Digital assets have in the past few years grown from a niche investment to a full-fledged industry. Part of the ever-expanding domain of so-called “Web3,” the market size of the asset class which includes cryptocurrencies and non-fungible tokens (NFTs) reached $3 trillion in November 2021.
As advertisements for crypto firms such as Coinbase dominate the American Superbowl, survey data suggests that 16% of the adult U.S. population have invested in or traded cryptocurrencies. This boom in activity compels financial institutions and governments to examine their obligations and roles.
The Executive Order (EO) on “Ensuring Responsible Development of Digital Assets” released by the Biden administration on March 9 was a hotly anticipated milestone in the discussion on regulating digital assets in the global financial system.
This article examines its content and implications for the development of digital assets.
The growing need for regulation
Since Bitcoin, the original cryptocurrency launched in 2009, digital assets have been hailed by some as ushering a new age of innovation in finance, and branded by others as a threat to its investors and the financial system as a whole.
Regulators must consider how to protect consumers from fraud, address the national security implications of borderless currency, and consider other externalities, such as the effect of energy-intensive cryptocurrency mining on climate change.
Until now, the U.S. regulatory response has been fragmented. Regulation is split vertically, with exchanges regulated at a state level and tokens at a federal level, while responsibility is split horizontally across various agencies, including the U.S. Securities and Exchange Commission (SEC), the Commodity Futures Trading Commission (CFTC) and the Internal Revenue Service (IRS).
Although multiple bodies have studied various issues and taken action against various companies and individuals over the years, the U.S. has been hesitant to take bold action. Meanwhile, countries such as El Salvador have adopted Bitcoin as legal tender, whereas China has banned the use of crypto entirely.
Governments recognize that the world needs a joint approach to this burgeoning area of the global economy and that the U.S. should provide leadership.
What the EO Says
The EO covers six areas that acknowledge the dangers of digital assets (consumer and investor protection, financial stability, illicit finance) and their potential (U.S. leadership in the global financial system, financial inclusion, responsible innovation).
While broad in scope, the EO makes no definite proposals for new rules. It focuses mainly on directing government agencies to conduct further research and make their own recommendations. The operative words tend to be high-level—along the lines of “assess,” “coordinate,” “establish a framework,” and “support.”
The document does refer to positive future developments, tasking the US Department of Justice to consider procedures for introducing a “digital dollar” or Central Bank Digital Currency (CBDC). Although similar to cryptocurrency, this form of digital asset is centralized.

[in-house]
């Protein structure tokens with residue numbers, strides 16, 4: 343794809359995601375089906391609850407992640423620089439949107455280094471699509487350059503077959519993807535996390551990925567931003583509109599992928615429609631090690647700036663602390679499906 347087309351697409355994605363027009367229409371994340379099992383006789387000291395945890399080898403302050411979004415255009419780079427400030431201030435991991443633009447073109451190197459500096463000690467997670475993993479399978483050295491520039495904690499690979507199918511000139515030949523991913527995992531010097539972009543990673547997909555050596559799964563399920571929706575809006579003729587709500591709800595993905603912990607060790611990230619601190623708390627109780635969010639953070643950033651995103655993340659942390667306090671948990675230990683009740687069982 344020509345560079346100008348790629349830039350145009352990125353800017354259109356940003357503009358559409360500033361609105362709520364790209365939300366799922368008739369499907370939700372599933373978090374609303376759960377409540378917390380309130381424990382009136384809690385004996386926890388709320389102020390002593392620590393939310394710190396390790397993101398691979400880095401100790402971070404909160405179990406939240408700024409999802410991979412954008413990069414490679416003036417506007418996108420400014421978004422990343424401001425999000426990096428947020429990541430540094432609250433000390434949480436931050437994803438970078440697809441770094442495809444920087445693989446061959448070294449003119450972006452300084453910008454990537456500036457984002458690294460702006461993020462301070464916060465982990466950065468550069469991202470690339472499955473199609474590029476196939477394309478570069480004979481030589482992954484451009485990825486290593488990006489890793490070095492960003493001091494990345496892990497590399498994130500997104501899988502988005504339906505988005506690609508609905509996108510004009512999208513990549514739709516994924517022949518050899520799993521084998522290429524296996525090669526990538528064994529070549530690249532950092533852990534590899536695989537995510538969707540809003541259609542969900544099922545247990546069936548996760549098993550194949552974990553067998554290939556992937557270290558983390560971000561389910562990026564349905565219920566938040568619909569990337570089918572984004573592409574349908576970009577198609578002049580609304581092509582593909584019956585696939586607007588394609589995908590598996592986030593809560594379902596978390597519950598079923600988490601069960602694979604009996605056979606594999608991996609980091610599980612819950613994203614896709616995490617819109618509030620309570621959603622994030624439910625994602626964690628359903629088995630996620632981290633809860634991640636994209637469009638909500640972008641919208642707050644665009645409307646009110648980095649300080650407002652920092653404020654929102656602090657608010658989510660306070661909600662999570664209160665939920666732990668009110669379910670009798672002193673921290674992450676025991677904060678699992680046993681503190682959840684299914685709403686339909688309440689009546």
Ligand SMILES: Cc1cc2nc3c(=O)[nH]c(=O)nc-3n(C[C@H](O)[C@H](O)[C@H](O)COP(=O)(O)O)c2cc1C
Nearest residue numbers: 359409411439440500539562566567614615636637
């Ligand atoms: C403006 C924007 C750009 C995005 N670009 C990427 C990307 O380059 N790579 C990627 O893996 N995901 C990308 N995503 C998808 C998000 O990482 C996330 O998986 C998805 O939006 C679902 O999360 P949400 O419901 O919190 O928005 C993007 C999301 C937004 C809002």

The EO does not mention draconian restrictions in the pipeline that would impair the growth of the crypto industry. Rather, the spirit is one of embracing digital assets as a matter of necessity.
This spirit is set boldly in the official White House statement accompanying the EO, which states: “The United States must maintain technological leadership in this rapidly growing space [and] a leading role in international engagement and global governance of digital assets consistent with democratic values and U.S. global competitiveness”.
Response and implications
Cryptocurrency markets responded positively to the announcement, with Bitcoin rising 8.4%. Most crypto advocates also interpreted the news favorably.
The Blockchain Association considered the EO as “further proof that the crypto ecosystem is now a vital and inseparable part of the national economy”, while many crypto skeptics were underwhelmed by the vagueness of the proposals, especially given the wide expectation that the announcement would herald a “crackdown”.
Our view is cautiously optimistic. At a minimum, the EO cuts any political grandstanding on the subject and sets an agenda to assess and establish a framework for this burgeoning ecosystem. It also implies that regulators will seek input from industry stakeholders in drafting new laws and setting regulations governing digital assets.
This considered course of action should foster an environment that promotes responsible innovation and financial inclusion and help to establish the guardrails needed to address the scams and illicit activities that have plagued digital assets in the past decade.
A great deal of debate among stakeholders will doubtless continue in the years ahead, which is to be expected given the disruptive force of digital assets.
 Time - https://time.com/6115300/cryptocurrency-value-3-trillion/
 Pew Research Center - https://www.pewresearch.org/fact-tank/2021/11/11/16-of-americans-say-they-have-ever-invested-in-traded-or-used-cryptocurrency/
 Whitehouse.gov - https://www.whitehouse.gov/briefing-room/presidential-actions/2022/03/09/executive-order-on-ensuring-responsible-development-of-digital-assets/
 Investopedia - https://www.investopedia.com/terms/c/central-bank-digital-currency-cbdc.asp
 Whitehouse.gov - https://www.whitehouse.gov/briefing-room/statements-releases/2022/03/09/fact-sheet-president-biden-to-sign-executive-order-on-ensuring-responsible-innovation-in-digital-assets/
 The Blockchain Association - https://theblockchainassociation.org/executive-order-on-digital-asset-innovation/
 WSJ - https://www.wsj.com/articles/biden-to-order-study-of-cryptocurrency-risk-creation-of-u-s-digital-currency-11646823600?mod=Searchresults_pos6&page=1